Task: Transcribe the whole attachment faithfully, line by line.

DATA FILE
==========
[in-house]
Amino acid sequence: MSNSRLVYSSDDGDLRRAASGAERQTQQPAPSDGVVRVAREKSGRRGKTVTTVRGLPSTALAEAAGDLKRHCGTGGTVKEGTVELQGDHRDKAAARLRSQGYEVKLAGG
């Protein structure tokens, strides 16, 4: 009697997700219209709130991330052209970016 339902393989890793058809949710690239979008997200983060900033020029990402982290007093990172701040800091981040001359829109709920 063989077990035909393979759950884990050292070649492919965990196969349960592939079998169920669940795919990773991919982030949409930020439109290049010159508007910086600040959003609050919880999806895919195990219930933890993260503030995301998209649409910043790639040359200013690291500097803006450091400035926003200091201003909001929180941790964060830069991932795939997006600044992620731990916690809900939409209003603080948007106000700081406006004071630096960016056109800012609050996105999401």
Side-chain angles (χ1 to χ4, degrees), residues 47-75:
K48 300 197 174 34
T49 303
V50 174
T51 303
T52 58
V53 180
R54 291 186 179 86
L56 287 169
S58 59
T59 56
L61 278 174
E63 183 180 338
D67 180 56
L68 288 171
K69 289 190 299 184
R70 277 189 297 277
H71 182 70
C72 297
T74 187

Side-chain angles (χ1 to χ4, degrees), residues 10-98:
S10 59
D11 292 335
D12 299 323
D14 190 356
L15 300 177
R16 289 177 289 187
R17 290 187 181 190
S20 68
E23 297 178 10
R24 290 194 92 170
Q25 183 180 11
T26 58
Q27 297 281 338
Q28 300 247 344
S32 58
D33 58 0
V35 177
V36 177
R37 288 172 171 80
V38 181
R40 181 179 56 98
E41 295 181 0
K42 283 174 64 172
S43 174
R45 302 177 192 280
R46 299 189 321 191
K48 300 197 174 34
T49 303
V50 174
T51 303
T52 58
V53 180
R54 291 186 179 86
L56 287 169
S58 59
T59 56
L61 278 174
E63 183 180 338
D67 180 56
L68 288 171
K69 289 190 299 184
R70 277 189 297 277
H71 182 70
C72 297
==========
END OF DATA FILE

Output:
[in-house]
Amino acid sequence: MSNSRLVYSSDDGDLRRAASGAERQTQQPAPSDGVVRVAREKSGRRGKTVTTVRGLPSTALAEAAGDLKRHCGTGGTVKEGTVELQGDHRDKAAARLRSQGYEVKLAGG
């Protein structure tokens, strides 16, 4: 009697997700219209709130991330052209970016 339902393989890793058809949710690239979008997200983060900033020029990402982290007093990172701040800091981040001359829109709920 063989077990035909393979759950884990050292070649492919965990196969349960592939079998169920669940795919990773991919982030949409930020439109290049010159508007910086600040959003609050919880999806895919195990219930933890993260503030995301998209649409910043790639040359200013690291500097803006450091400035926003200091201003909001929180941790964060830069991932795939997006600044992620731990916690809900939409209003603080948007106000700081406006004071630096960016056109800012609050996105999401």
Side-chain angles (χ1 to χ4, degrees), residues 47-75:
K48 300 197 174 34
T49 303
V50 174
T51 303
T52 58
V53 180
R54 291 186 179 86
L56 287 169
S58 59
T59 56
L61 278 174
E63 183 180 338
D67 180 56
L68 288 171
K69 289 190 299 184
R70 277 189 297 277
H71 182 70
C72 297
T74 187

Side-chain angles (χ1 to χ4, degrees), residues 10-98:
S10 59
D11 292 335
D12 299 323
D14 190 356
L15 300 177
R16 289 177 289 187
R17 290 187 181 190
S20 68
E23 297 178 10
R24 290 194 92 170
Q25 183 180 11
T26 58
Q27 297 281 338
Q28 300 247 344
S32 58
D33 58 0
V35 177
V36 177
R37 288 172 171 80
V38 181
R40 181 179 56 98
E41 295 181 0
K42 283 174 64 172
S43 174
R45 302 177 192 280
R46 299 189 321 191
K48 300 197 174 34
T49 303
V50 174
T51 303
T52 58
V53 180
R54 291 186 179 86
L56 287 169
S58 59
T59 56
L61 278 174
E63 183 180 338
D67 180 56
L68 288 171
K69 289 190 299 184
R70 277 189 297 277
H71 182 70
C72 297